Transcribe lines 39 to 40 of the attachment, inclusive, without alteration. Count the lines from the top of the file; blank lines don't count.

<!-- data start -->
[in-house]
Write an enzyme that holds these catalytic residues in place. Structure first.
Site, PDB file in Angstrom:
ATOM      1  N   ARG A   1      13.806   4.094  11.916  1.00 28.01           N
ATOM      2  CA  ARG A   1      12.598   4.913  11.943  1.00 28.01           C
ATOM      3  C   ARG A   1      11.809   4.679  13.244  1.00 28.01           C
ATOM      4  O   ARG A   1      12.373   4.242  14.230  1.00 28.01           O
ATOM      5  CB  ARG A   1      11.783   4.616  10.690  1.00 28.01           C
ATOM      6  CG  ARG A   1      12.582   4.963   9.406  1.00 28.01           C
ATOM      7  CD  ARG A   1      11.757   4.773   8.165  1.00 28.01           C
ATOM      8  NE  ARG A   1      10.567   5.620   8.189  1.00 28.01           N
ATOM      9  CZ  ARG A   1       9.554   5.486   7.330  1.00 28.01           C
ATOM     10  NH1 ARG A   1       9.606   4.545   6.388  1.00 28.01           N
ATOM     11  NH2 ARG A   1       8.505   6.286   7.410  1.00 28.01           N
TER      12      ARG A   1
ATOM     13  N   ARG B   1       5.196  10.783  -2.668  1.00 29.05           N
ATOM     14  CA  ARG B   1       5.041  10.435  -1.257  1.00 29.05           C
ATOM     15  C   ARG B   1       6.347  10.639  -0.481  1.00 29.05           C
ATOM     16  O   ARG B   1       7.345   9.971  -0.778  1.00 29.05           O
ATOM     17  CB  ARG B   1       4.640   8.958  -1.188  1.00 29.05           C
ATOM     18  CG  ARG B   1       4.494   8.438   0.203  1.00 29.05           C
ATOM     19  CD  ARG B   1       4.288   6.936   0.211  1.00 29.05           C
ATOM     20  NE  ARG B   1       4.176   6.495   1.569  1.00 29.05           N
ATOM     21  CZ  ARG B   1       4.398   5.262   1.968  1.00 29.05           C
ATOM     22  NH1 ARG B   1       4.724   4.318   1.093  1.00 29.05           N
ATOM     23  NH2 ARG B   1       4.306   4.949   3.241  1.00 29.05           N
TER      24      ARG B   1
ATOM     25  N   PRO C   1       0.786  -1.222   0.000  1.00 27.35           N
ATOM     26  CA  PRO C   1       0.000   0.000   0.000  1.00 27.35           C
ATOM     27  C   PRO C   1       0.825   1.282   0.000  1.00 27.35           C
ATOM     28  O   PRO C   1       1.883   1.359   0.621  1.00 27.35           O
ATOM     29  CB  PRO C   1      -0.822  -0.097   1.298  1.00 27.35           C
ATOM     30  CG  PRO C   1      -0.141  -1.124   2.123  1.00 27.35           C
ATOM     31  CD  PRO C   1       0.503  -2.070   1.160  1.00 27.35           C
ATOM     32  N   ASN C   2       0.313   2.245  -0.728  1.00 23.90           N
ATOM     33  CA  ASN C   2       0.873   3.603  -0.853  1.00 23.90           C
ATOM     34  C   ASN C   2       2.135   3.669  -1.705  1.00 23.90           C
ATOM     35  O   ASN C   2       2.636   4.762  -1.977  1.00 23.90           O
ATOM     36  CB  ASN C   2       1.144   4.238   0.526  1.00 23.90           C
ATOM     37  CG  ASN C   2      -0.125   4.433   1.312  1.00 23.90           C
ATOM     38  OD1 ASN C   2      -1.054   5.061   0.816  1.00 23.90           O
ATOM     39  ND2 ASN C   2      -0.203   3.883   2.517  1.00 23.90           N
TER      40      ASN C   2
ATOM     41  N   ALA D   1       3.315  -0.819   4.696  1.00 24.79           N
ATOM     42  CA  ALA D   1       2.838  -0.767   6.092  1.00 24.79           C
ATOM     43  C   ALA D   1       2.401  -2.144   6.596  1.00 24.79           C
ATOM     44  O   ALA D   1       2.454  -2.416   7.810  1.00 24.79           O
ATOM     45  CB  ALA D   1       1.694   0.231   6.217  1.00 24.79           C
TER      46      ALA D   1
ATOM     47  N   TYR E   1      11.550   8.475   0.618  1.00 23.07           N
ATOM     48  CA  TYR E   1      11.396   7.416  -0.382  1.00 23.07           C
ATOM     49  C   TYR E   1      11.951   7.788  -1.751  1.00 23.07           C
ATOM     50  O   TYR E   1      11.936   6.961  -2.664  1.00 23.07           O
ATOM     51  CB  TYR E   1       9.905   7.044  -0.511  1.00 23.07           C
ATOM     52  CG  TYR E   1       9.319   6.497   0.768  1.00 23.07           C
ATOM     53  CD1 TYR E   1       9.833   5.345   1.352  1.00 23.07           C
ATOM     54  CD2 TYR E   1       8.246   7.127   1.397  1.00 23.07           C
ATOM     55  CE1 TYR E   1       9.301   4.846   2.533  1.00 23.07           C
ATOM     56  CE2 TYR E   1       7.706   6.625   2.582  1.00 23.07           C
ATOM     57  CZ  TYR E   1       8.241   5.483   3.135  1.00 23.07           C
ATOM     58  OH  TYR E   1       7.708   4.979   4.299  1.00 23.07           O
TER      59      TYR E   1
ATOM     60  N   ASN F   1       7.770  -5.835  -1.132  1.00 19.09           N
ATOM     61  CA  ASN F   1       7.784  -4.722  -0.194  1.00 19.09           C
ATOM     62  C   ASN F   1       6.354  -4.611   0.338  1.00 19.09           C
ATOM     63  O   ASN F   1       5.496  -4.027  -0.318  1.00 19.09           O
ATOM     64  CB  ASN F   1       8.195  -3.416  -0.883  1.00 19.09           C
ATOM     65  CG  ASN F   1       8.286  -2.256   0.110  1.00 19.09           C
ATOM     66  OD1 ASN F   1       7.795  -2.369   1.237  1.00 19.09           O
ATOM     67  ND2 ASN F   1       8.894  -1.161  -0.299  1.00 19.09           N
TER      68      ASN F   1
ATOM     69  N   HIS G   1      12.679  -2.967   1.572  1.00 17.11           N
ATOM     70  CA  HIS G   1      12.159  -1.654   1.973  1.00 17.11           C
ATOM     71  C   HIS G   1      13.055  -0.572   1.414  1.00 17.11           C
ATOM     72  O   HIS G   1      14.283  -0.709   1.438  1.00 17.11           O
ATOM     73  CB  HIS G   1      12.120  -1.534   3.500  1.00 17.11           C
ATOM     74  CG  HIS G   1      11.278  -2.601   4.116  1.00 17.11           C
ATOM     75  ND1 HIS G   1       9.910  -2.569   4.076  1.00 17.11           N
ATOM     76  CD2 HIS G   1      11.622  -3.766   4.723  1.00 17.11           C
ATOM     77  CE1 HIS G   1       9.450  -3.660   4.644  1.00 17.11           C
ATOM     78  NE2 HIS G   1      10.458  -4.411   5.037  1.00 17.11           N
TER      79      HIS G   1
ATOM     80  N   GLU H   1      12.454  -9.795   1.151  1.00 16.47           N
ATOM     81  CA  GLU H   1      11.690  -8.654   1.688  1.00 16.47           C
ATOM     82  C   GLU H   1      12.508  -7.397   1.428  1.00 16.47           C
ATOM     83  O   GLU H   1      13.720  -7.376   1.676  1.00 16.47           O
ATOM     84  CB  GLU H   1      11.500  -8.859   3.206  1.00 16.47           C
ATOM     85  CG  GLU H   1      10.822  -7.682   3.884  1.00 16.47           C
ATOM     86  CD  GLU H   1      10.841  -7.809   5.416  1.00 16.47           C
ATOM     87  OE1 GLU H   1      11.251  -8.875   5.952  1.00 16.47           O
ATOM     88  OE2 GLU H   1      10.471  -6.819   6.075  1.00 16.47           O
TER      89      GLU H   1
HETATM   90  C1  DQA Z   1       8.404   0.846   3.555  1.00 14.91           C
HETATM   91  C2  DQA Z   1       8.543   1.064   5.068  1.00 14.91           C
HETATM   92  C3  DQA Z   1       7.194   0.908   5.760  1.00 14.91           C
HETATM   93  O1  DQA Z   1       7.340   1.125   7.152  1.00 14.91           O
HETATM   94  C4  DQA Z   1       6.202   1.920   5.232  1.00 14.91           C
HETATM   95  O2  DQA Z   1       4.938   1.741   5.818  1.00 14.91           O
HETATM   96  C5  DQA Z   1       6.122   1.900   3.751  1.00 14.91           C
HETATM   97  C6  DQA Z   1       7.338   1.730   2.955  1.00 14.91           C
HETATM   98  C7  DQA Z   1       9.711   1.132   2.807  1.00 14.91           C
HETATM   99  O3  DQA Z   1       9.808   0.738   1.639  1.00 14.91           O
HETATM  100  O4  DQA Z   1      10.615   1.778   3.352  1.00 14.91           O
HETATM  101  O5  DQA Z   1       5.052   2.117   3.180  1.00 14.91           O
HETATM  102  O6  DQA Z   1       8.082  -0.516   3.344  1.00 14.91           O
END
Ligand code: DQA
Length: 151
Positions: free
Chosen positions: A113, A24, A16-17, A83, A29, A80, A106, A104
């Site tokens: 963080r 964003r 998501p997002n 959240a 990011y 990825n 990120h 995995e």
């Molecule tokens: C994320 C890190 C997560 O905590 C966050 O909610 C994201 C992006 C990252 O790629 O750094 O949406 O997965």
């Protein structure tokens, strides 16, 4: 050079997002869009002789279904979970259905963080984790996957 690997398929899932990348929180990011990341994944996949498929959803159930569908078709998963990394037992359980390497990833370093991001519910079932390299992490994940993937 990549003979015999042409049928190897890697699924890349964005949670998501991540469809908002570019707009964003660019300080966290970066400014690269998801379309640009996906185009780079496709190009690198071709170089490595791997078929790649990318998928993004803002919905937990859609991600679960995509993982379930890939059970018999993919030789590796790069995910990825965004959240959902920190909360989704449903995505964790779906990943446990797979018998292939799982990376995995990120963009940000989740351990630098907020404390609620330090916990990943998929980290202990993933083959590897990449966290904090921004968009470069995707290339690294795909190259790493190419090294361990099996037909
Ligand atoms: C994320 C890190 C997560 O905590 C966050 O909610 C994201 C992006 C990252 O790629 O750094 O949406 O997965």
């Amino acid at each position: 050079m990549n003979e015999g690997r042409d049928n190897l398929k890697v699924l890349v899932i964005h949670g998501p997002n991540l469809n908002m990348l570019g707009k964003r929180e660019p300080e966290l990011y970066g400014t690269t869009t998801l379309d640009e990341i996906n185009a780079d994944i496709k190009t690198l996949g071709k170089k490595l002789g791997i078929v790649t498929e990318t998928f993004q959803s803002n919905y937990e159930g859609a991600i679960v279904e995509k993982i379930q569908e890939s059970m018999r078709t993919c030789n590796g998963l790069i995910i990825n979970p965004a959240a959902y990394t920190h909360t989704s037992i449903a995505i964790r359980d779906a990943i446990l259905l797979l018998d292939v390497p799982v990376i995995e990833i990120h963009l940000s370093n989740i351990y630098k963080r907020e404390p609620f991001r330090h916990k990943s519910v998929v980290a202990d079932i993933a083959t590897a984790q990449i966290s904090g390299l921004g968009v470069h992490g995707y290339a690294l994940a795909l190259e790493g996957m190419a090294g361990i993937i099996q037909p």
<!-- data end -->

ATOM     36  CB  ASN C   2       1.144   4.238   0.526  1.00 23.90           C
ATOM     37  CG  ASN C   2      -0.125   4.433   1.312  1.00 23.90           C